by Sukanya GargOct 10, 2019
The exhibition Double Skin by French-Moroccan artist Yto Barrada is her first solo exhibition in Latin America. Presented by Estancia FEMSA – Casa Luis Barragán, the exhibition is on view at the Casa Luis Barragán, Mexico from June 22, 2019 to September 8, 2019. Barrada won the inaugural Ellen Auerbach Award in Berlin in 2006, was named Deutsche Bank Artist of the Year in 2011, won the Abraaj Group Art Prize in 2015, and was awarded the 2019 Roy R. Neuberger Prize. Her work combines the strategies of the documentary film with the metaphorical approach to imagery in her photographic, installation, and sculptural work.
The exhibition, which brings together the artist’s newly commissioned works, deals with notions of aesthetic ambiguity – which resonate with many aspects of Barragán work and life. Double Skin also engages Barragán’s deep interest in magic and enigma, which he understood to be crucial elements of architecture, as well as with his use of the formal and symbolic tension between concepts such as opacity/clarity, desire/restriction, openness/enclosure.
In the studio space of Barragán’s house, Barrada covers the walls with a second skin: a wallpaper from the series Paste Papers (2019). These works are based on designs she found in different books belonging to Luis Barragán, such as: The Grain Silo-Citadels of Morocco; Coatlicue; The Art of Gardens; Max Ernst; Spanish Andalucia and Parables and Evangelical Allegories, among others. The practice of decorating book covers and endpapers with paste paper designs dates back to the 17th century. Originally used by bookbinders, paste paper was also applied to line drawers in modest homes. Barrada amplifies this discrete function in her piece by transforming the paste paper into an exterior ornament for the studio walls, thus bringing intimacy into full view. This gesture of transportation acts as a rich metaphor for the many ambiguities implicit in Barragán’s life and work.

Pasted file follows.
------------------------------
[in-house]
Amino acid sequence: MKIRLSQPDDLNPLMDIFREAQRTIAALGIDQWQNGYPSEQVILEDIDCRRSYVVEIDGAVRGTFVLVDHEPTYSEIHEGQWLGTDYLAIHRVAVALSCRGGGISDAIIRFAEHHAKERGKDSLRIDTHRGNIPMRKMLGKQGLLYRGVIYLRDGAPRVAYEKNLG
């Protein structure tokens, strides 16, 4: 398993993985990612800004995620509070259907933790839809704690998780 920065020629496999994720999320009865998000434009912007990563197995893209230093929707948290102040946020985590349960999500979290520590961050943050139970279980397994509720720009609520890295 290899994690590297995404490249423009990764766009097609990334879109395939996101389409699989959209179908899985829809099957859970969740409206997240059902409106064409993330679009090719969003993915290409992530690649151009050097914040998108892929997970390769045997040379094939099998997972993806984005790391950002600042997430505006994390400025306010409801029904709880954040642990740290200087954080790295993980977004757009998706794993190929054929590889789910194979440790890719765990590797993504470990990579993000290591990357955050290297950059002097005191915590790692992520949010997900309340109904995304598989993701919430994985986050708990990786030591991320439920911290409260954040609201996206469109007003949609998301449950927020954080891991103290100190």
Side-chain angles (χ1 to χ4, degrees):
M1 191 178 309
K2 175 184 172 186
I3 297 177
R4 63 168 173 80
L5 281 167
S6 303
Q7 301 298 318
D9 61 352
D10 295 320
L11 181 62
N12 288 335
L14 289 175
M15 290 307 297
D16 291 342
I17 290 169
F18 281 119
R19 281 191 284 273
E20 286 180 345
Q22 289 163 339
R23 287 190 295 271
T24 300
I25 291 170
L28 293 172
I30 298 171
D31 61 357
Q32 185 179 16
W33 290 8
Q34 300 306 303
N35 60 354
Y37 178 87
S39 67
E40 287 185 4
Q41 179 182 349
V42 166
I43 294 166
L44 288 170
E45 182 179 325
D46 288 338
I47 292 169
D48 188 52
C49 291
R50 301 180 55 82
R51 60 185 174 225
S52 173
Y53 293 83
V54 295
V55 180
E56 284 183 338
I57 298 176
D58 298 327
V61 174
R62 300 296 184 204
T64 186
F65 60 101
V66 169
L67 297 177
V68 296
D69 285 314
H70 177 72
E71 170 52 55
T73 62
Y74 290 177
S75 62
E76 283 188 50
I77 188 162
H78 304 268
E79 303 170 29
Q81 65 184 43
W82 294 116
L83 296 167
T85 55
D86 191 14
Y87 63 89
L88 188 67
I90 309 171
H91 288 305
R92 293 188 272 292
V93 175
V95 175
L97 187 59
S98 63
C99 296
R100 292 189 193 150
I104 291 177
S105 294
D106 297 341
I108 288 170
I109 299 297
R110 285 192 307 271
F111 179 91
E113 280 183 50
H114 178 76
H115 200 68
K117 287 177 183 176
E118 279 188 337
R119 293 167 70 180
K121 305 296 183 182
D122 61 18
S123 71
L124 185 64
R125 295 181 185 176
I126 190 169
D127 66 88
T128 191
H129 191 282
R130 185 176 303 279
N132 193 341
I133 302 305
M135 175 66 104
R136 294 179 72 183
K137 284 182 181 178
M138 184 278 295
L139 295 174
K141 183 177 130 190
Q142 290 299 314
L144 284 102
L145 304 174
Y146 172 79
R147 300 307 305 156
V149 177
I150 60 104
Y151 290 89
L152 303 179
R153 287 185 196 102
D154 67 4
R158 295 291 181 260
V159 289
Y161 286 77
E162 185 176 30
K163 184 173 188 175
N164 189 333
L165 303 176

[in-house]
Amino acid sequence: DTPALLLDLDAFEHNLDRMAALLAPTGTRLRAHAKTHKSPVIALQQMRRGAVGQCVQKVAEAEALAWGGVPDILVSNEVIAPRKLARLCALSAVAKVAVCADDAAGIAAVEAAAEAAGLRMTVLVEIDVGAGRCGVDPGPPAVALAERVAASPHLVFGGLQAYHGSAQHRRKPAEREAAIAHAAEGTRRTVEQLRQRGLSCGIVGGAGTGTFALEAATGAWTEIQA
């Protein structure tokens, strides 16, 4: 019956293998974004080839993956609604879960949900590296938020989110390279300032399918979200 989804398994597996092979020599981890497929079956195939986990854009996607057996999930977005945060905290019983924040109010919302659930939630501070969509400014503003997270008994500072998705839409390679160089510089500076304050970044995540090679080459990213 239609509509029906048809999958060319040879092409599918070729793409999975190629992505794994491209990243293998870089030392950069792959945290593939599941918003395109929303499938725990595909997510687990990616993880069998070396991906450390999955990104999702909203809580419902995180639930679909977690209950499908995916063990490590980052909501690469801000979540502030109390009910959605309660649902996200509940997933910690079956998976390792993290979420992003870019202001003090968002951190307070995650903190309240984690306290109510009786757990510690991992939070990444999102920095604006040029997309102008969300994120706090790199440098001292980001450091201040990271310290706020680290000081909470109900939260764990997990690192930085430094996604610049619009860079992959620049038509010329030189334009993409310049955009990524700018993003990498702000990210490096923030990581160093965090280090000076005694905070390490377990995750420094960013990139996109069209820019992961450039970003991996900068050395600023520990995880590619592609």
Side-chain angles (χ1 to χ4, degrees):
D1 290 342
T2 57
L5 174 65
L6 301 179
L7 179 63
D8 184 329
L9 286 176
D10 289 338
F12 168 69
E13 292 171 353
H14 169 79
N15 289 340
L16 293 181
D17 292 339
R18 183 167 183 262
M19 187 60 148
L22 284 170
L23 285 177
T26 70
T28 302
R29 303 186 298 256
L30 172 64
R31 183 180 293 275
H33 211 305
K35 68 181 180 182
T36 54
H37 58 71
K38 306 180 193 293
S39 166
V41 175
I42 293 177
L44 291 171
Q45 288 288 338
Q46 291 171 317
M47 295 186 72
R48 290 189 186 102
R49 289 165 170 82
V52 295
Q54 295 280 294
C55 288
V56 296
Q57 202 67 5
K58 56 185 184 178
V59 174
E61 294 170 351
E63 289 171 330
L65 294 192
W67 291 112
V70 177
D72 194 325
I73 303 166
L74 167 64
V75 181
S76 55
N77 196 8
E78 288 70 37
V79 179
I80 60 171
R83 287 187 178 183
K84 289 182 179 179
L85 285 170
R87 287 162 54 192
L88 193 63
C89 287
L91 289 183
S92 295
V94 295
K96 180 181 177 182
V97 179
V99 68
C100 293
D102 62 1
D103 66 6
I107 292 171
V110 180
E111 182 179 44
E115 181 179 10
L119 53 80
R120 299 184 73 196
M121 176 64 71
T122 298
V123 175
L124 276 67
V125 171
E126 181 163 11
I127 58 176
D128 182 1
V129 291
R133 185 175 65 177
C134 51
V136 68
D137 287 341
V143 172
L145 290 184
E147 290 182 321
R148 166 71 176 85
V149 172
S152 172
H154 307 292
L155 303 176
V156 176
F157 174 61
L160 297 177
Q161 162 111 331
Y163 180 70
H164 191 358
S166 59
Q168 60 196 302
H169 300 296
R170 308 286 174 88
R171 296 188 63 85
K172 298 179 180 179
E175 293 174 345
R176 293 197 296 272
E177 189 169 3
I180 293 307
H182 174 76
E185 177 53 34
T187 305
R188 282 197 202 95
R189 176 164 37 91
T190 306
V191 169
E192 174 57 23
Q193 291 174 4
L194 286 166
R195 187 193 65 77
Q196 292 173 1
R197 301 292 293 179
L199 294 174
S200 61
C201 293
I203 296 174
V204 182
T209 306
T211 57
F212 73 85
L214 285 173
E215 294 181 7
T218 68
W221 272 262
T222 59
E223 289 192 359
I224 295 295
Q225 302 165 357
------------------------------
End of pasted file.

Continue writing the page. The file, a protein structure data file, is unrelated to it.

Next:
Dispersed throughout the rooms of the house one finds five chromatic collages, the Practice Pieces (Color Charts) (2019), made with hand-dyed silk velvets. Inspired by dyers, and the color chart sampling systems used in textile conservation, these pieces are inscribed within Barrada’s long-standing interest in educational materials, platforms, and structures. Both Mexico and Morocco boast long histories of natural dye production, including cochineal, indigo, and Tyrian purple.
Lastly, in the library of the house one finds the short film Horsehair, Confetti, and Rice (2019), projected directly onto a yellow monochrome painting made in Barragán’s architecture studio. The film is a piece of experimental cinema, with a strong emphasis on materials and textures, in which a wealth of colours and shapes unravel. The hallucinatory quality of the film also alludes to historical artistic imaginaries that stem from both Mexico and Morocco. As such, the exhibition pays homage to the strong influence of Morocco’s vernacular architecture - and the country’s material culture in general - on Barragán’s, and his friend and notable collaborator Mathias Goeritz’ architectural oeuvres. Furthermore, Double Skin is framed within Barrada’s long engagement with architecture and the history of modernism through multiple past projects.